CASTRIES — St. Lucia’s new prime minister, Philip Pierre, has urged the United States and other rich nations to ramp up climate finance and disburse funds more quickly to vulnerable Caribbean nation states, as “fast and furious” hurricanes become the new normal.
The tiny eastern Caribbean nation of St. Lucia and other island states in the region say they face more frequent, powerful hurricanes fuelled by global warming.
But most Caribbean countries have limited funds available to respond to climate change as many were already weighed down by high debt levels before the COVID-19 crisis and their tourism-dependent economies have been hit hard by pandemic lockdowns.
“We are in a complicated situation where we have to protect our environment and build back better,” Pierre told the Thomson Reuters Foundation in a telephone interview, after taking office on July 28.
“In our construction of homes, bridges and roads, we have to build them to sustain more severe hurricanes and more severe weather patterns,” he said.
Hurricanes are coming “fast and furious”, he added, noting “right now there is no hurricane season” and severe storms can hit at “any time of the year.”
Ahead of November’s U.N. COP26 climate summit in Scotland, poor nations and small island developing states are looking to the United States and other wealthy governments to come good on an unmet promise to deliver $100 billion a year in climate finance.
U.S. President Joe Biden has committed to doubling his country’s international contributions by 2024 to an annual $5.7 billion, but development and green groups have criticised the United States for giving far less than its fair share.
Pierre welcomed Biden’s moves to address climate change, boost clean energy and increase green investment but said international funds needed to arrive at a “quicker pace”.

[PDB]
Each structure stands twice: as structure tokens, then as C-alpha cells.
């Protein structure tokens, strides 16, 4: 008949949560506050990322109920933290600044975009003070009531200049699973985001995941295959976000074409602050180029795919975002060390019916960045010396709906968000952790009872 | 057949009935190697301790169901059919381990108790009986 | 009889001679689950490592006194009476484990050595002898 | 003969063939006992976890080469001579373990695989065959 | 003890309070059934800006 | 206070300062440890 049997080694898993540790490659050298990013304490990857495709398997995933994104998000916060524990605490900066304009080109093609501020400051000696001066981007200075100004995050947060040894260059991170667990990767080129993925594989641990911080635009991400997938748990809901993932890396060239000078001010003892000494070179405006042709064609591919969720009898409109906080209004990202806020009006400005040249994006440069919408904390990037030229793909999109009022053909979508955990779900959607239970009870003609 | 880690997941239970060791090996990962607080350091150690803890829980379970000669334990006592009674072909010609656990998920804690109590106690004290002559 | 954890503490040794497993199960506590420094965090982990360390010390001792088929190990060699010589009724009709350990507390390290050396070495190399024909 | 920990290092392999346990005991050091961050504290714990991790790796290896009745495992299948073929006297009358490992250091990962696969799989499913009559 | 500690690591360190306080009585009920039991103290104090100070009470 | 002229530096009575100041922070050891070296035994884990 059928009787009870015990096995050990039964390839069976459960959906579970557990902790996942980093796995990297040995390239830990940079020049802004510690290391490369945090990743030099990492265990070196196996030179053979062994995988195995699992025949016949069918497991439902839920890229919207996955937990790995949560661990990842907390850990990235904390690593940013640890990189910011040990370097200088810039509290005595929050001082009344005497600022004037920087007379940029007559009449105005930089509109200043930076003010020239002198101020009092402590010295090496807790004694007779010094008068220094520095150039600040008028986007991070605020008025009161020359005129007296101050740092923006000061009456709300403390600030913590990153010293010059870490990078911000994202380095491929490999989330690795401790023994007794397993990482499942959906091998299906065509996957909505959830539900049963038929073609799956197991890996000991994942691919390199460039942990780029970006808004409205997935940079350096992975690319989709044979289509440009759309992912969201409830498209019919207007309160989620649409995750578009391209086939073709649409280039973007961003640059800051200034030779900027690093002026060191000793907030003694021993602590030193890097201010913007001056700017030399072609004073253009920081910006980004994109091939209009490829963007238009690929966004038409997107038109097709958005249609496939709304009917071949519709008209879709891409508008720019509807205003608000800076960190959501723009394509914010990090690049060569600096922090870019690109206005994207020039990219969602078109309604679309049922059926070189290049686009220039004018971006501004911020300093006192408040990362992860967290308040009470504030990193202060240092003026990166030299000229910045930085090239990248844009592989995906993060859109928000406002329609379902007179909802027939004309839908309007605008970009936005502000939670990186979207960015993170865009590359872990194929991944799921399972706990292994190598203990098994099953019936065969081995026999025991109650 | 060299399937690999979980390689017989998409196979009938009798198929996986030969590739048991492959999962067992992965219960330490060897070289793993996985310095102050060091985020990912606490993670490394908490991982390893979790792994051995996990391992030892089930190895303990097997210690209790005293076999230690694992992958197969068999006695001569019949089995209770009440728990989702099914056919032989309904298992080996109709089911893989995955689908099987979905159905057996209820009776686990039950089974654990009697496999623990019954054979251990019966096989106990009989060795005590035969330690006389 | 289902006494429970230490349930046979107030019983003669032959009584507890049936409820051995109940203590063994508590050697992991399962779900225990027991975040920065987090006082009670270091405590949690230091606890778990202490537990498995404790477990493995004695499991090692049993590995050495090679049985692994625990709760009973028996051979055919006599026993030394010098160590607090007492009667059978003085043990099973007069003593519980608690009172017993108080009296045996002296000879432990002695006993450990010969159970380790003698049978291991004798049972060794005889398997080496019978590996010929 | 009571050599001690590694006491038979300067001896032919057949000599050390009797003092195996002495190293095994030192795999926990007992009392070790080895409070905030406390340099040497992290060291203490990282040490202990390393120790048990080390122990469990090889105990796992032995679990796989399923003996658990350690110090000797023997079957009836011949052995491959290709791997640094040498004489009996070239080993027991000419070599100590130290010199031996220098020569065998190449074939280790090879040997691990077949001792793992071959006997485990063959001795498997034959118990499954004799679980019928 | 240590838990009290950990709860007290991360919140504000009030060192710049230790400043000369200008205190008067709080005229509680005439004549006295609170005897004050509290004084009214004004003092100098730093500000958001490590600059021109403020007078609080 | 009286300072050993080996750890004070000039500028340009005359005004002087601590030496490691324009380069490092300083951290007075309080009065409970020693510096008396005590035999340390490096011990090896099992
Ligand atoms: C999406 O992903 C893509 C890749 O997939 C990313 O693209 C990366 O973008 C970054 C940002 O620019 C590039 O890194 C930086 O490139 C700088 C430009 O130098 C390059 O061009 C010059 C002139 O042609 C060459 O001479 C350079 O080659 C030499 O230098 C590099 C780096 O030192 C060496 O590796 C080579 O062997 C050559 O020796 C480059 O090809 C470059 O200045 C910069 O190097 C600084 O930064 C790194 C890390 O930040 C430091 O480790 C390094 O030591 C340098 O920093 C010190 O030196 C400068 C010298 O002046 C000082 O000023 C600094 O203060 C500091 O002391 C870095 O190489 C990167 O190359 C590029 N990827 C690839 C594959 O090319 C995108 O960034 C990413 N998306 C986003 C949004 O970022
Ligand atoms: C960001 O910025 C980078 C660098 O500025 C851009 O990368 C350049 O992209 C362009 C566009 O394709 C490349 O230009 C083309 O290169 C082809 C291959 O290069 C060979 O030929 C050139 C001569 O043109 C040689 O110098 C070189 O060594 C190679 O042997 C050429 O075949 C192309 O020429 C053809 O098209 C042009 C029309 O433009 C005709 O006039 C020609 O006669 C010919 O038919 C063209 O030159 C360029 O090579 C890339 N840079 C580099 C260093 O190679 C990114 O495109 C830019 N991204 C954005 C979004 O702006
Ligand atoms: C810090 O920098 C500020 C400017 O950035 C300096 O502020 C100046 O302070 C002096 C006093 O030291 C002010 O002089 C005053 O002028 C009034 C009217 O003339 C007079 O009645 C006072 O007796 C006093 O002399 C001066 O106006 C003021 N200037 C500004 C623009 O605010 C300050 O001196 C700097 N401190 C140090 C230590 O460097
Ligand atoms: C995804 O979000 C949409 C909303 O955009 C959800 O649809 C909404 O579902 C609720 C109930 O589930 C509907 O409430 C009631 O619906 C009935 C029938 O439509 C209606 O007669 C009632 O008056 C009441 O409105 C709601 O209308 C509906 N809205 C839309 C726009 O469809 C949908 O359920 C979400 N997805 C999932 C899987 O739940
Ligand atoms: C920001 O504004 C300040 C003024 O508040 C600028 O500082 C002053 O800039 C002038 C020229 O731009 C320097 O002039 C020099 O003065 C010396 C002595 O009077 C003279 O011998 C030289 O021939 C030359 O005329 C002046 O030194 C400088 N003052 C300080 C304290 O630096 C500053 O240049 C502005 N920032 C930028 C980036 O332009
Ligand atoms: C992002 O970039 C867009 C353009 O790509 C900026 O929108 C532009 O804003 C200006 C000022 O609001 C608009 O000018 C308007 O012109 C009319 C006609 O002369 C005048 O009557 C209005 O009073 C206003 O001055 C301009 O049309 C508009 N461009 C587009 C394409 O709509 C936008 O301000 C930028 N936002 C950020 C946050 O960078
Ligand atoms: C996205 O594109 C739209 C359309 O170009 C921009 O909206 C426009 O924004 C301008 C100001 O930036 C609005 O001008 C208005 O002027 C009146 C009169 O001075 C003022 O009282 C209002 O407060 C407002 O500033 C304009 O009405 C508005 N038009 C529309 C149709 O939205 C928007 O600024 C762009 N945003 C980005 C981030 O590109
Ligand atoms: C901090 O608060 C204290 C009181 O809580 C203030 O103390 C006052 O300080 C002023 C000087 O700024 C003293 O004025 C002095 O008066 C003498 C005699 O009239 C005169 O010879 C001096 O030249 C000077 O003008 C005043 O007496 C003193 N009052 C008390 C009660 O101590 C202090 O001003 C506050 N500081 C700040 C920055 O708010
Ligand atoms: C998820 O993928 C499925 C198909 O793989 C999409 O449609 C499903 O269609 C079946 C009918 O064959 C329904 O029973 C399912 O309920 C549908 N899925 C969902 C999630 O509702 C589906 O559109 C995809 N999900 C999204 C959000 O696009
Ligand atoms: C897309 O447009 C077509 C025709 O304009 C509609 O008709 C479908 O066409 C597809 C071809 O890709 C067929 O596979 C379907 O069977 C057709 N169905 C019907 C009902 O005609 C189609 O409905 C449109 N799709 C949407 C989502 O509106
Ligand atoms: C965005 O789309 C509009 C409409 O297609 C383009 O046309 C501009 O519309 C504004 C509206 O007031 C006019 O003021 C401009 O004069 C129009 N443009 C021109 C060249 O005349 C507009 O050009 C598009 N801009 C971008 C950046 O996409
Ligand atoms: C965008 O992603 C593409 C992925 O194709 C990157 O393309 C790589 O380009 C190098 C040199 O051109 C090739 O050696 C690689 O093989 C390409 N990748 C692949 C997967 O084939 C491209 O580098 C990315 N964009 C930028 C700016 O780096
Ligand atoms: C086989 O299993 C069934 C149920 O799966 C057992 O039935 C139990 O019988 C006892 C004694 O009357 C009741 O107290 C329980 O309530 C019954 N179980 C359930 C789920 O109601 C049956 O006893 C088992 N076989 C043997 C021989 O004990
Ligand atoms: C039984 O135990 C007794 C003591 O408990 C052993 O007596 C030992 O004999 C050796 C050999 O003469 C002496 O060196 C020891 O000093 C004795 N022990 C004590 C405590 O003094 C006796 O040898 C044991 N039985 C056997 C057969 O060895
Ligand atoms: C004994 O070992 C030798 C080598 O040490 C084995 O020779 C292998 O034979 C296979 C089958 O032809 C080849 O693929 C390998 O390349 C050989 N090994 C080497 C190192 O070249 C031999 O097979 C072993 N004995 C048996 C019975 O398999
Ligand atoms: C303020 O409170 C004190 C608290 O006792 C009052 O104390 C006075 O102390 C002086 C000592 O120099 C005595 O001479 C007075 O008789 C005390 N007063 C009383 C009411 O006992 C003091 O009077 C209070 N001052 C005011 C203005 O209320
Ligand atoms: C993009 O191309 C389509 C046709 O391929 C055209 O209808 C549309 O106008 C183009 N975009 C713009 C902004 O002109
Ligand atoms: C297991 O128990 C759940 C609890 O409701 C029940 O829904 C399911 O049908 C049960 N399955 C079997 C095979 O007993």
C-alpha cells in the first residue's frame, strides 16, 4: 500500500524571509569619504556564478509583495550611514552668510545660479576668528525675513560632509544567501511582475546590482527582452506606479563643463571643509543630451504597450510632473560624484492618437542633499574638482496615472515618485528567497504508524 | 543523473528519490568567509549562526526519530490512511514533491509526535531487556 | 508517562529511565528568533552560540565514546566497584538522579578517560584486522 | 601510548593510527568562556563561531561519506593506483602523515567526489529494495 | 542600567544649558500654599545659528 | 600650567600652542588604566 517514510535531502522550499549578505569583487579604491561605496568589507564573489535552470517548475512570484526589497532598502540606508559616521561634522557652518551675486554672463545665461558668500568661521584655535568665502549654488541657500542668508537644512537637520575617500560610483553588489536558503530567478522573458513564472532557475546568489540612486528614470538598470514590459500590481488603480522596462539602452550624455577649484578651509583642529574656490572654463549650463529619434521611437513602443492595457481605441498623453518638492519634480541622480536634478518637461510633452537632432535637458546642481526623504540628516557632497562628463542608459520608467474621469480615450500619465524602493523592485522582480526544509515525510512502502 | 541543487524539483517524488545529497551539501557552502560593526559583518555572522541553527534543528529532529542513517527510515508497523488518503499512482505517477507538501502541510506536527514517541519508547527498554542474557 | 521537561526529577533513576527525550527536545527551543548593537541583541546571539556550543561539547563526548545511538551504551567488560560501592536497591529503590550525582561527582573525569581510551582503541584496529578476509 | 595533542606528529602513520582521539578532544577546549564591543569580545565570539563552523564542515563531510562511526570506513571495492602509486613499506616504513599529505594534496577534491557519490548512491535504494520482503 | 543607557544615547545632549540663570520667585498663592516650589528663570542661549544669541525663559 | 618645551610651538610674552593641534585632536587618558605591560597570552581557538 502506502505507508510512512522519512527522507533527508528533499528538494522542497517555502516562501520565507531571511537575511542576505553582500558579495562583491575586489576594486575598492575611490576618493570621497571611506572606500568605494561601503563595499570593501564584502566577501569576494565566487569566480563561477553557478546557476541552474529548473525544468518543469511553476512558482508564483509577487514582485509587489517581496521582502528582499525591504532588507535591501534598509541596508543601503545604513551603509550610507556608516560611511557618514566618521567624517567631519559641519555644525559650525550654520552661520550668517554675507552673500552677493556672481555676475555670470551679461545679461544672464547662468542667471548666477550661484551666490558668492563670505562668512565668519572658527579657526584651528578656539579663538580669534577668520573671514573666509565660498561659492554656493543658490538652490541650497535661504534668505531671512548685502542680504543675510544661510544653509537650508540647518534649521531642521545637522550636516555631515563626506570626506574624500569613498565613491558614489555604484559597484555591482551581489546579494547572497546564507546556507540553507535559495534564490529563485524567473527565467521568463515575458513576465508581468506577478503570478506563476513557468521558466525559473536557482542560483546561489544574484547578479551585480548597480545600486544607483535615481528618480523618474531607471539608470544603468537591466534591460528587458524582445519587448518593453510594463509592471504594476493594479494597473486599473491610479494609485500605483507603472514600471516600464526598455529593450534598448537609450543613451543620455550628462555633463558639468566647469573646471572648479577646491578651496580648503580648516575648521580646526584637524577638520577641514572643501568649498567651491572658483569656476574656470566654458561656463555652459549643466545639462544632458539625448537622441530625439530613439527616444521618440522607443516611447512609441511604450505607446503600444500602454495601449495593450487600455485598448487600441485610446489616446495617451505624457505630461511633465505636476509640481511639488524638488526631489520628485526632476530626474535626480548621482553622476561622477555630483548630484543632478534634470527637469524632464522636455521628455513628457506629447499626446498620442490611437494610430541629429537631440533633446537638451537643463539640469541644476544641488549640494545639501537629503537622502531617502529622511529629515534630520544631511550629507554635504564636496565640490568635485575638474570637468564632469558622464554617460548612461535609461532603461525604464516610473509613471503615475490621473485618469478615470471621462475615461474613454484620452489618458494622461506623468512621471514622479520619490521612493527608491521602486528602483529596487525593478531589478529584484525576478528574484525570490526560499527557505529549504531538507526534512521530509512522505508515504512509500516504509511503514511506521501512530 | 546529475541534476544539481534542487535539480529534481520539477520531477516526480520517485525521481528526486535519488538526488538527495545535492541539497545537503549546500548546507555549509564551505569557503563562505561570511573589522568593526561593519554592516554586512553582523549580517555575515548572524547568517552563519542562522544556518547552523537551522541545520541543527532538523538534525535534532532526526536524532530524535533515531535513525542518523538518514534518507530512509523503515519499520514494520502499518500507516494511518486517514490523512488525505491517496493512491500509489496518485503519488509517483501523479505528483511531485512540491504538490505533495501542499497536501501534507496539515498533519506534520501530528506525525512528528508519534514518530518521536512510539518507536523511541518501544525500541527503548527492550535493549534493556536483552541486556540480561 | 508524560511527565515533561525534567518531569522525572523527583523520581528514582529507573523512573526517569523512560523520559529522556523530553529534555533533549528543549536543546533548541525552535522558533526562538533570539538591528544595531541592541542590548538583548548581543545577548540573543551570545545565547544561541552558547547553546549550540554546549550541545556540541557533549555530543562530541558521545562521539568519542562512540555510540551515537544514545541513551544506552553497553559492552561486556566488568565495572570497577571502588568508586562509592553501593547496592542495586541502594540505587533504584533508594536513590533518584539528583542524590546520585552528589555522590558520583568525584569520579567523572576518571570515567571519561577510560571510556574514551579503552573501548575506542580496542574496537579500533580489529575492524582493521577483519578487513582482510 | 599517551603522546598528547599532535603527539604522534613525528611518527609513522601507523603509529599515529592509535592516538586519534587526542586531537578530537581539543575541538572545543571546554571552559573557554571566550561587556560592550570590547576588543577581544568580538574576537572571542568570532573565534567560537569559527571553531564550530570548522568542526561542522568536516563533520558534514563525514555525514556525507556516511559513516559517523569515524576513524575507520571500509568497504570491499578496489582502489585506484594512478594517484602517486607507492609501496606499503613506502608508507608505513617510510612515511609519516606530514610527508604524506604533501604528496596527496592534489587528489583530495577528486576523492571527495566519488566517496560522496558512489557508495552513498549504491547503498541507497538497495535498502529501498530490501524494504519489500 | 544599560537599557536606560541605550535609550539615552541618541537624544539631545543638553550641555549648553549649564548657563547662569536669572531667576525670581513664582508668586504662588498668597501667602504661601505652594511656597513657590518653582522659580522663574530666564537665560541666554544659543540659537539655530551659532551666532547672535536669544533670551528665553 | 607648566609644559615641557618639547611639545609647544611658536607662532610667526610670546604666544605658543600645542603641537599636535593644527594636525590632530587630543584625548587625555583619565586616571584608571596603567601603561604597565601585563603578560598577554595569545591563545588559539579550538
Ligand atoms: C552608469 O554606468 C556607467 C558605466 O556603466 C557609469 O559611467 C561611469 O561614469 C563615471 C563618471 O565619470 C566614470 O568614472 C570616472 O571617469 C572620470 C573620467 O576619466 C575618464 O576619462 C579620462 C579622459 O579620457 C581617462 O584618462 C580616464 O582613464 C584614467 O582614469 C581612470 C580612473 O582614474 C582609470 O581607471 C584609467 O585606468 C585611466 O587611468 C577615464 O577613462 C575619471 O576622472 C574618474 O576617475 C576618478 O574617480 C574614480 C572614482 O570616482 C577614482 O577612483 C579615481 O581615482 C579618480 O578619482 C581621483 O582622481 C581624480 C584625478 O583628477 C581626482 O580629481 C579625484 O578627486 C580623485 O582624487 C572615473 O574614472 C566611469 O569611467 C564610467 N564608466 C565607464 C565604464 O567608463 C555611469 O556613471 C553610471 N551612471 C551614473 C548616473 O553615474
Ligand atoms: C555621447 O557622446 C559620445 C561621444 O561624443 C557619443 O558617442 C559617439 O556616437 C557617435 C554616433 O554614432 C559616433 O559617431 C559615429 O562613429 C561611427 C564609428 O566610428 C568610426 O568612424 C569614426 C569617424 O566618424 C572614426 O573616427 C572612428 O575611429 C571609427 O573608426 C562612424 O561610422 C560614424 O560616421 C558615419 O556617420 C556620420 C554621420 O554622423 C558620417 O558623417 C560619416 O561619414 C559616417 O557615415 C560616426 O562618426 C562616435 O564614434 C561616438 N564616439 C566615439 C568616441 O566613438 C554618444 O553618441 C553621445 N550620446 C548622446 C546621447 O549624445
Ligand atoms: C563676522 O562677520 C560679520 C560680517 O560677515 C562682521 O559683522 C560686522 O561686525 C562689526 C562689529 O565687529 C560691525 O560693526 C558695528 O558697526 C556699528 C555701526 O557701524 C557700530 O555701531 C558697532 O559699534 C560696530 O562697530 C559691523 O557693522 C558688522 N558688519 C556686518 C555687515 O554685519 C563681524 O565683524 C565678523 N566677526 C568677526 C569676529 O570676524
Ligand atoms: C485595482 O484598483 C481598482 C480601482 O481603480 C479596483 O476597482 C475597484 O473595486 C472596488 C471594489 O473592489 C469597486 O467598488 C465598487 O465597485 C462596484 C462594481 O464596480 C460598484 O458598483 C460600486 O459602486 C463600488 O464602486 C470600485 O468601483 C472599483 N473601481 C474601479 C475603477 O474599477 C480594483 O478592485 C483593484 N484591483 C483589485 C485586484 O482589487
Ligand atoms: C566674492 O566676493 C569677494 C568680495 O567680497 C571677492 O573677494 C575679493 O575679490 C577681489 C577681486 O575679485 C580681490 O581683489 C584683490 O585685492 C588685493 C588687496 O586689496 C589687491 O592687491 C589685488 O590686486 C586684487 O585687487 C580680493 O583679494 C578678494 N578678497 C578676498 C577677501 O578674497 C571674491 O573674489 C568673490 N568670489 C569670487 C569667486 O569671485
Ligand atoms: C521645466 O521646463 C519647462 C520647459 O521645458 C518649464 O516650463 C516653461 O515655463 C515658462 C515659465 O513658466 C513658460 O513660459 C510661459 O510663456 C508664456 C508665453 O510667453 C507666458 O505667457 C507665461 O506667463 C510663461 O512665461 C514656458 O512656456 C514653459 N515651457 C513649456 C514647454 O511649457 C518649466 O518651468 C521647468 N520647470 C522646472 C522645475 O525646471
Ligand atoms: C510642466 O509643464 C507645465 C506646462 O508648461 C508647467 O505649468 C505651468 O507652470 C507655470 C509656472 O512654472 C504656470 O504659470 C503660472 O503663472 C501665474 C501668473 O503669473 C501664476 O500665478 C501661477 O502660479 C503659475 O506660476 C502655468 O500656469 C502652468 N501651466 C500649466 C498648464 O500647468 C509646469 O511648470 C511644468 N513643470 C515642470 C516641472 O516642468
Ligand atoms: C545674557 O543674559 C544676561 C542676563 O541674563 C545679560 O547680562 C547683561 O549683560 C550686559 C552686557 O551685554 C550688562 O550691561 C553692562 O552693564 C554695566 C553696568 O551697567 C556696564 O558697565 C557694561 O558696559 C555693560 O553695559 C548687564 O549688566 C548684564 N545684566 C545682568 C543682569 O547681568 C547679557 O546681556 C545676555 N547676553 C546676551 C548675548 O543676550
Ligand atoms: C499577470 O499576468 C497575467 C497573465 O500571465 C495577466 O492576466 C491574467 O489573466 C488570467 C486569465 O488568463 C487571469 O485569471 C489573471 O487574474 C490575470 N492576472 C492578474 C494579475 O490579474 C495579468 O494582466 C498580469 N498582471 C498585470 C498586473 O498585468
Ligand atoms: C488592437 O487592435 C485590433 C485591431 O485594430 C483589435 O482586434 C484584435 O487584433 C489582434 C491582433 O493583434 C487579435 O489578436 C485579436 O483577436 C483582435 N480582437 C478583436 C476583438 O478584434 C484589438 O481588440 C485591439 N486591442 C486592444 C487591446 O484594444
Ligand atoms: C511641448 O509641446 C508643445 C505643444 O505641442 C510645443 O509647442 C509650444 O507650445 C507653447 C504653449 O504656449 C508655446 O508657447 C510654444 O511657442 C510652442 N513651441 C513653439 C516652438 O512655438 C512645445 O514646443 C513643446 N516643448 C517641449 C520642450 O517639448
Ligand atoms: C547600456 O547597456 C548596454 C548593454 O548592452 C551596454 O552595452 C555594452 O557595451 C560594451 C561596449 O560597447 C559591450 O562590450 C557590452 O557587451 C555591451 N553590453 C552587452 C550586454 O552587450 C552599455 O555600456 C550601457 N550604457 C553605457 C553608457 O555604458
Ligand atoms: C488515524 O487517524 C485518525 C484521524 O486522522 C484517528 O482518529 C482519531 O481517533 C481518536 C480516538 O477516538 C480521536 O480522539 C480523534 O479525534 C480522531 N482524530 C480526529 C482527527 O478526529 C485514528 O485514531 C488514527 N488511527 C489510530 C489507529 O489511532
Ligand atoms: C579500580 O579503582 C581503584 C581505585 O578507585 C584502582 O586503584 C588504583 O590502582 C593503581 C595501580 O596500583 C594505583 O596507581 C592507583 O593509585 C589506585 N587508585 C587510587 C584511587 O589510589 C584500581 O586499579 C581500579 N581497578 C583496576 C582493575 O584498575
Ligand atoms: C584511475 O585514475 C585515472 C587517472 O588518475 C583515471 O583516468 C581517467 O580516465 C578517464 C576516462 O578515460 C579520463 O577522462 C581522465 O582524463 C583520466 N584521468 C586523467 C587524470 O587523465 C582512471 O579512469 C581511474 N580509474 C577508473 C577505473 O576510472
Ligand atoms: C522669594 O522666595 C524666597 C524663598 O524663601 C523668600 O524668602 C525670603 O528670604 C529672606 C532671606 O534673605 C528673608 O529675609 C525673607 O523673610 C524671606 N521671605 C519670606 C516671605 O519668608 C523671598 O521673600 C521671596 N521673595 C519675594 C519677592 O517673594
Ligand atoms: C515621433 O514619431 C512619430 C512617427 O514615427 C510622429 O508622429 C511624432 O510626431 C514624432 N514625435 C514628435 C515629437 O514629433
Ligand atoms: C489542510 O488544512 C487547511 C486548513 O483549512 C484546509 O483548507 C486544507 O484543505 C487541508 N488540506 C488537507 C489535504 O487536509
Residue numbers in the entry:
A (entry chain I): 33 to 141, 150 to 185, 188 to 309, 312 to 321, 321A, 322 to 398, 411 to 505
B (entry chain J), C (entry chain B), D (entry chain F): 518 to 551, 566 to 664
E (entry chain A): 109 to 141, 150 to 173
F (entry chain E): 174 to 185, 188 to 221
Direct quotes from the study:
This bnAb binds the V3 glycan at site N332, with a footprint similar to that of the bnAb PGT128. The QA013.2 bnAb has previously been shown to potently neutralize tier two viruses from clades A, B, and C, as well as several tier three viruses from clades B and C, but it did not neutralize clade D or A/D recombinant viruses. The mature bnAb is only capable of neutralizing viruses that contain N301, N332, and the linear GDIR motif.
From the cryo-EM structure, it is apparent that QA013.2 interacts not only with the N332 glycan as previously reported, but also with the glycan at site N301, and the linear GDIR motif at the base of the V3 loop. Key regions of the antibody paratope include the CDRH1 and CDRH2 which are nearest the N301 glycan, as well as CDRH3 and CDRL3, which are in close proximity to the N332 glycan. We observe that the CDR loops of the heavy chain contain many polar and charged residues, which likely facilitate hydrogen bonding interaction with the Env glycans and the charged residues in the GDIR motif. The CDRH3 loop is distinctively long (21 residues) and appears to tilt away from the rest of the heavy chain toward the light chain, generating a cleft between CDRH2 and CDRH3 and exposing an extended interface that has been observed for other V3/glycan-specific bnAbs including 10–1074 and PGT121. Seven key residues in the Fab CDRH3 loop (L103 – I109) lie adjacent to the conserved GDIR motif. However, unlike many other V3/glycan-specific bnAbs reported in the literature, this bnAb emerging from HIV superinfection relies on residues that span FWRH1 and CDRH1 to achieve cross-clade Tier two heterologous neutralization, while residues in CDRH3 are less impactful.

“In terms of the pace of disbursement and the information needed, we hope we can get some help with that so that the funds when they are pledged can come quickly,” he said, adding it can take two to three years for money to materialise.
With St. Lucia and the United States often in the path of the same tropical storms, it makes sense for Washington to assist the island nation to tackle climate change, Pierre said.
“We would expect the U.S. to help us because we are in the backyard of the U.S.,” he said, adding there would be “full accountability” in how any funds are spent.
But, he acknowledged, St. Lucia – which has a population of just 180,000 – struggles to access climate finance as it lacks know-how.
“Sometimes the arrangements are very onerous in that we don’t have the staff and the technical expertise,” Pierre said.
SWIMMING IN SARGASSUM
St. Lucia needs climate finance to retrofit homes and other buildings to better withstand the high winds and floods brought by hurricanes, which often wreck food crops, Pierre said.
Money is also needed to tackle the “serious” problem of sargassum – a stinky seaweed that invades oceans and washes up on beaches – linked to ocean warming, he added.
Sargassum affects St. Lucia’s fishermen as it stops them going out to sea and depletes oxygen in the water, killing fish. It also turns once-pristine white tourist beaches brown as it decomposes and releases a rotten egg stench.
Climate finance would also be invested in helping businesses and homes now running on fossil fuels to switch to clean energy such as wind and solar power.
Last week, St. Lucia received about $22 million from the World Bank to review how geothermal power can help the country transition to renewables.
In the region, only 10% of energy comes from renewable sources and up to 7% of GDP was spent on oil imports in 2019, according to the Eastern Caribbean Central Bank.
But the initial cost of switching to clean energy is expensive for both homeowners and businesses as most equipment and technology is imported, Pierre said.
It costs about $2,000 to install solar panels on a home, while electric heaters are priced at about $200, putting many islanders off going green, he noted.
The government plans to offer financial incentives, including tax and duty free breaks for green energy, and would consider “joint ventures” with investors looking to develop wind and solar projects on government-owned land, Pierre said.
Reporting by Anastasia Moloney; editing by Megan Rowling.